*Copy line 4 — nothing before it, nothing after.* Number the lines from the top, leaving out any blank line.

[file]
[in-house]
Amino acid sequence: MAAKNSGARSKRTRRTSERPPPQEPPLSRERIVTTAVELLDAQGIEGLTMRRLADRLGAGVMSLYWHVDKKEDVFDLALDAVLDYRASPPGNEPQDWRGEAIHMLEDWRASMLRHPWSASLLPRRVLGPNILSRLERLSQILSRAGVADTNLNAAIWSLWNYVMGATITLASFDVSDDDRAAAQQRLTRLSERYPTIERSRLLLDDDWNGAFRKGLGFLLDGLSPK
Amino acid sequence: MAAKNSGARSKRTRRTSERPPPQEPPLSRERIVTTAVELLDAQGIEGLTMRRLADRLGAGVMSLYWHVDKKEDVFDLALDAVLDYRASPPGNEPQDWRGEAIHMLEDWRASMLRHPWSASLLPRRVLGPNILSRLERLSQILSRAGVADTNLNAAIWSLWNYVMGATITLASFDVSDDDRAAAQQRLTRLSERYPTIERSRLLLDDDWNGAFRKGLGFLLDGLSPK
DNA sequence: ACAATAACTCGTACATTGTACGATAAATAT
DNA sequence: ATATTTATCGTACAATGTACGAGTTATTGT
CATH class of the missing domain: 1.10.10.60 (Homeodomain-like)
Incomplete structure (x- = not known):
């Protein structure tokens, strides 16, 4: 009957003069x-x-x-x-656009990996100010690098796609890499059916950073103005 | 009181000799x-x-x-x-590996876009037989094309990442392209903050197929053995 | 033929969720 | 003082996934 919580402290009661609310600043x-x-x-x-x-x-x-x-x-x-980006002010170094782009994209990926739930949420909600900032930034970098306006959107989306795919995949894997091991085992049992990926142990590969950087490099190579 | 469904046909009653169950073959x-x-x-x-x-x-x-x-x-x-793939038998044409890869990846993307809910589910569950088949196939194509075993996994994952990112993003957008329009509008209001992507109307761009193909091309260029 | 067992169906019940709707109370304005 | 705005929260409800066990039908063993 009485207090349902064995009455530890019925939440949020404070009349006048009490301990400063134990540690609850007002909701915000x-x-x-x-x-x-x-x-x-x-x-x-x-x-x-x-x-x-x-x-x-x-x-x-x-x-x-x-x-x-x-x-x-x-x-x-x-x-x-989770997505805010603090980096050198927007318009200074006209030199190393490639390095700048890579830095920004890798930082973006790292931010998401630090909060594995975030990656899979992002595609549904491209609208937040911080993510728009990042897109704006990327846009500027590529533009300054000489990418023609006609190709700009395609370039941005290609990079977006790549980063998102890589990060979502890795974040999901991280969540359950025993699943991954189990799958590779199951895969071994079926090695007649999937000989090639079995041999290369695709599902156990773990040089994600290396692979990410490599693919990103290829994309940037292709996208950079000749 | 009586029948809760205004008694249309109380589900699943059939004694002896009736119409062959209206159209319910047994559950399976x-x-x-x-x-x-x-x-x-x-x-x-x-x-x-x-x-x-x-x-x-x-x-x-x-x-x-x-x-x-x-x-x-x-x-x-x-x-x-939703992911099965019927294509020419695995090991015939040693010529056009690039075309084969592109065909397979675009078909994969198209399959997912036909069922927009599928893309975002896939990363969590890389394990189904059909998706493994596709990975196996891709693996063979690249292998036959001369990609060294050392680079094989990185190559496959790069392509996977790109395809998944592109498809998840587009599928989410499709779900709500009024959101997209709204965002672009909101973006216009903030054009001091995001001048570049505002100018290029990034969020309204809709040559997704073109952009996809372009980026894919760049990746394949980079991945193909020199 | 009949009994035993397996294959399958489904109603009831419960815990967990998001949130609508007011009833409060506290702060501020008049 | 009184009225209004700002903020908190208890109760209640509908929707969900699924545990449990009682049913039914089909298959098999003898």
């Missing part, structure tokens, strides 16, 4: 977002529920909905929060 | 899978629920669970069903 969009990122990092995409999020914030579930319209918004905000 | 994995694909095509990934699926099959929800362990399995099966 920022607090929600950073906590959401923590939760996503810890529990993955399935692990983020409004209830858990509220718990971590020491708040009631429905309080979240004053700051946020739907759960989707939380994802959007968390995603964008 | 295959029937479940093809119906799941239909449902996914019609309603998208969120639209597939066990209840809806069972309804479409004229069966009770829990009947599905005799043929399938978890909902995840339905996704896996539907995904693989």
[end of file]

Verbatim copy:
DNA sequence: ACAATAACTCGTACATTGTACGATAAATAT